The opportunity was unbeatable, but the Spanish 'fintech' have not fully seized it. With the coronavirus, Spanish savers and investors were expected to rush to use neo-banks, 'roboadvisors' and any other type of 'fintech' to the detriment of traditional banks, but this has not been the case. It is recognized by the co-founder and CEO of MiCappital, one of the most important tech fintech ’on the national scene. However, other equally useful conclusions have been drawn from the crisis: "The target audience has shrunk, but has become more aggressive in its investment needs."
MiCappital's opinion is one of the most valued among the Spanish 'fintech' sector since it won the BBVA Open Talent in 2017. After two and a half months of confinement by the Covid-19, its top manager looks back to weigh what he has learned. “We have generated more content and have been much more on top of customers. When the client is more advised, he usually makes fewer mistakes ”, reveals Miguel Carmiña. First lesson of the crisis.
In March, the toughest month for the coronavirus, this online financial advisory firm had no client losses, yet 60% invested more, taking advantage of the sharp falls in the stock market. The advice of the experts was "Not invest everything in one, but in a staggered way", and thanks to this simple guideline, the equity advised by MiCappital, between the revaluation of assets from minimums and new contributions, has shot up 30% compared to the level prior to the state of alarm, up to 22 million euros.
The advisory model of the Madrid 'fintech' is to work on the range of financial products that the banks with which their clients operate have, be it an open or closed architecture. Especially, advise on investment funds for its transparency, taxation, diversification and professional management, but also include pension plans, insurance, deposits or remunerated accounts.
With an average client whose savings amount to 12,000 euros, the firm has three different rates: free for those who want to try, where the only thing that can be accessed is a calculation of the risk profile and a recommended asset allocation; since two euros (custom plan) only the months that the client earns, with a detailed selection of funds or exchange recommendations when the market moves, and a flat rate of 20 euros per month (extended plan) where the investor, in addition to all of the above, meets via Skype with his personal advisor.
The second lesson that those responsible for the pandemic have learned is that they may have to aspire to a smaller piece of the pie, although more committed to your investments. According to an internal study carried out by the firm before the crisis, in Spain there are some 40 million checking accounts without advising, classified as potential customers who lose purchasing power at 0% rates. But the coronavirus has also shaken up these projections. “The target audience has been reduced to 30% of that total. The majority 70% are people with a lot of uncertainty who need liquidity, because they are unemployed or they are in an ERTE. But the 30% who still want to go from saver to investor, are more aware of the need to invest and have become more aggressive in their investment needs. Before, he made decisions in weeks, and now he makes them in minutes. The descent of the bags have made them put the batteries ", justifies Carmiña. They are savers who "want and need advice."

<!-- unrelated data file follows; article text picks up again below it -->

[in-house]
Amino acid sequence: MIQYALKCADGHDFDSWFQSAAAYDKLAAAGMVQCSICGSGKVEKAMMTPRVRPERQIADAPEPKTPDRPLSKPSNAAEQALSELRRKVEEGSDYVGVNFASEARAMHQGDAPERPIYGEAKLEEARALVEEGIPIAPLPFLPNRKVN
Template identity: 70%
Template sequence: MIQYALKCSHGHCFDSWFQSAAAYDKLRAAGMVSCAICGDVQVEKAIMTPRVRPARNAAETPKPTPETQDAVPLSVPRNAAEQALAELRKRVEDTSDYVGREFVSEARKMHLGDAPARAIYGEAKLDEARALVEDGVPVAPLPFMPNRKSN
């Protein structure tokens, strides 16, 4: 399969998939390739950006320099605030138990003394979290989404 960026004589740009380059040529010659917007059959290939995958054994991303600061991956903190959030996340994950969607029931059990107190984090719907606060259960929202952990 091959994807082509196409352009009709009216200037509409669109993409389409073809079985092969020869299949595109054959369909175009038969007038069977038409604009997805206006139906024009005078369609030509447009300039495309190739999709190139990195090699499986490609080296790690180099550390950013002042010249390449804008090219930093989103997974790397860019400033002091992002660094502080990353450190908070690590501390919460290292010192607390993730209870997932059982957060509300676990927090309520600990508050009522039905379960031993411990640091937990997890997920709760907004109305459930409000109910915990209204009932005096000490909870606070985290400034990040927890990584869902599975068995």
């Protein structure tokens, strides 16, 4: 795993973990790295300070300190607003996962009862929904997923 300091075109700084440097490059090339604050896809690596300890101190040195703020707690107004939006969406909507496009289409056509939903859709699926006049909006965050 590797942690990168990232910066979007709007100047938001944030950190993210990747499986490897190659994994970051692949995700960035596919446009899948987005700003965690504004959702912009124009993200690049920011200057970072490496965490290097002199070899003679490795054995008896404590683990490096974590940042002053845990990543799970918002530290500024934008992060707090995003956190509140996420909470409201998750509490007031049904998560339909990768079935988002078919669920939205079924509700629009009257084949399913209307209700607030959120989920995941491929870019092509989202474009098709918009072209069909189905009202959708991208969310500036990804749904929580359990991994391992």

COLLABORATE WITH BANKING, DO NOT COMPETE
And in that advice, banks will rely on third-party players, but they will not disappear, nor will they give up too much ground. Third lesson of the crisis. Carmiña predicts that banks, 'fintech' and technology companies will collaborate in certain parts of the business of the former (such as electronic payments or investment advice), something that already occurs today and is "much more likely" than the theories of some gurus. about whether the second or third will occupy their place.
"Fintech or big technology will have a larger share than the current one, it is obvious, but banks will modify some aspects of how they do their business and relate to customers and, therefore, they will not disappear," he says. the person in charge of MiCappital. What's more, in Spain, the ‘fintech’ are still starting. "Neobanks, which are the best known, many people on the street are not even located. Spaniards have a love-hate relationship with their bank. They don't fully trust the product they offer, but they do value being in a large entity ”, Carmiña acknowledges.
Thus, the future depends on collaboration between sectors, not on direct competition. Also for specialization and innovation, and impact investments will play a relevant role. MiCappital is already studying how to set foot in this niche. “Impact investing, in addition to improving the world, has to be profitable. In entities, it is difficult to find quality products. Many wear the ASG and ISR medal, but the client on many occasions does not earn money or, if he does, he lacks relevant information on the extra-financial metrics, ”criticizes this advisor. In this new step, in MiCappital "We want to be more like a microcredit or sustainable energy start-up" than the "roboadvisor" of a bank that has one or two funds named sustainable. " A future that is already present.
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